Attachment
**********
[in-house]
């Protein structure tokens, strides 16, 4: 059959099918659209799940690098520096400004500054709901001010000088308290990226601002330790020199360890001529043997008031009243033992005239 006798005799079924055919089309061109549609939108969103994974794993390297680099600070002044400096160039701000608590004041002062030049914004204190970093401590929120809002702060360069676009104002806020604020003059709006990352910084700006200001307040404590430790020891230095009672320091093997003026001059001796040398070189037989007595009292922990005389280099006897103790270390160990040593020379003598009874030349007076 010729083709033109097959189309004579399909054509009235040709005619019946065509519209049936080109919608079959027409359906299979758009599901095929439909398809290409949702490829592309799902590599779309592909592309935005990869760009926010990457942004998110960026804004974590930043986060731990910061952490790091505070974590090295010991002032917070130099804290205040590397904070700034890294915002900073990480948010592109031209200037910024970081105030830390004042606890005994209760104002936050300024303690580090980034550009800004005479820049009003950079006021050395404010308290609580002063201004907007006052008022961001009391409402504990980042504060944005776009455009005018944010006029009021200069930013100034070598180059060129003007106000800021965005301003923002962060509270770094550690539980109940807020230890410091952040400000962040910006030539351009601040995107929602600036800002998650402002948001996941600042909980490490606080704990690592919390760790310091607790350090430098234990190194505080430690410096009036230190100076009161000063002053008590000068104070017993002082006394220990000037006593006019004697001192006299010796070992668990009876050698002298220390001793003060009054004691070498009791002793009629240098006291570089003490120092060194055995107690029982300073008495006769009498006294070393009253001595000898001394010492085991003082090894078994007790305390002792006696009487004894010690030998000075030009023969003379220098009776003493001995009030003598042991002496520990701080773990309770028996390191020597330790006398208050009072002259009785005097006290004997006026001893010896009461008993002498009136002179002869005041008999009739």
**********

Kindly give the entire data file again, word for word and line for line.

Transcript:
[in-house]
């Protein structure tokens, strides 16, 4: 059959099918659209799940690098520096400004500054709901001010000088308290990226601002330790020199360890001529043997008031009243033992005239 006798005799079924055919089309061109549609939108969103994974794993390297680099600070002044400096160039701000608590004041002062030049914004204190970093401590929120809002702060360069676009104002806020604020003059709006990352910084700006200001307040404590430790020891230095009672320091093997003026001059001796040398070189037989007595009292922990005389280099006897103790270390160990040593020379003598009874030349007076 010729083709033109097959189309004579399909054509009235040709005619019946065509519209049936080109919608079959027409359906299979758009599901095929439909398809290409949702490829592309799902590599779309592909592309935005990869760009926010990457942004998110960026804004974590930043986060731990910061952490790091505070974590090295010991002032917070130099804290205040590397904070700034890294915002900073990480948010592109031209200037910024970081105030830390004042606890005994209760104002936050300024303690580090980034550009800004005479820049009003950079006021050395404010308290609580002063201004907007006052008022961001009391409402504990980042504060944005776009455009005018944010006029009021200069930013100034070598180059060129003007106000800021965005301003923002962060509270770094550690539980109940807020230890410091952040400000962040910006030539351009601040995107929602600036800002998650402002948001996941600042909980490490606080704990690592919390760790310091607790350090430098234990190194505080430690410096009036230190100076009161000063002053008590000068104070017993002082006394220990000037006593006019004697001192006299010796070992668990009876050698002298220390001793003060009054004691070498009791002793009629240098006291570089003490120092060194055995107690029982300073008495006769009498006294070393009253001595000898001394010492085991003082090894078994007790305390002792006696009487004894010690030998000075030009023969003379220098009776003493001995009030003598042991002496520990701080773990309770028996390191020597330790006398208050009072002259009785005097006290004997006026001893010896009461008993002498009136002179002869005041008999009739």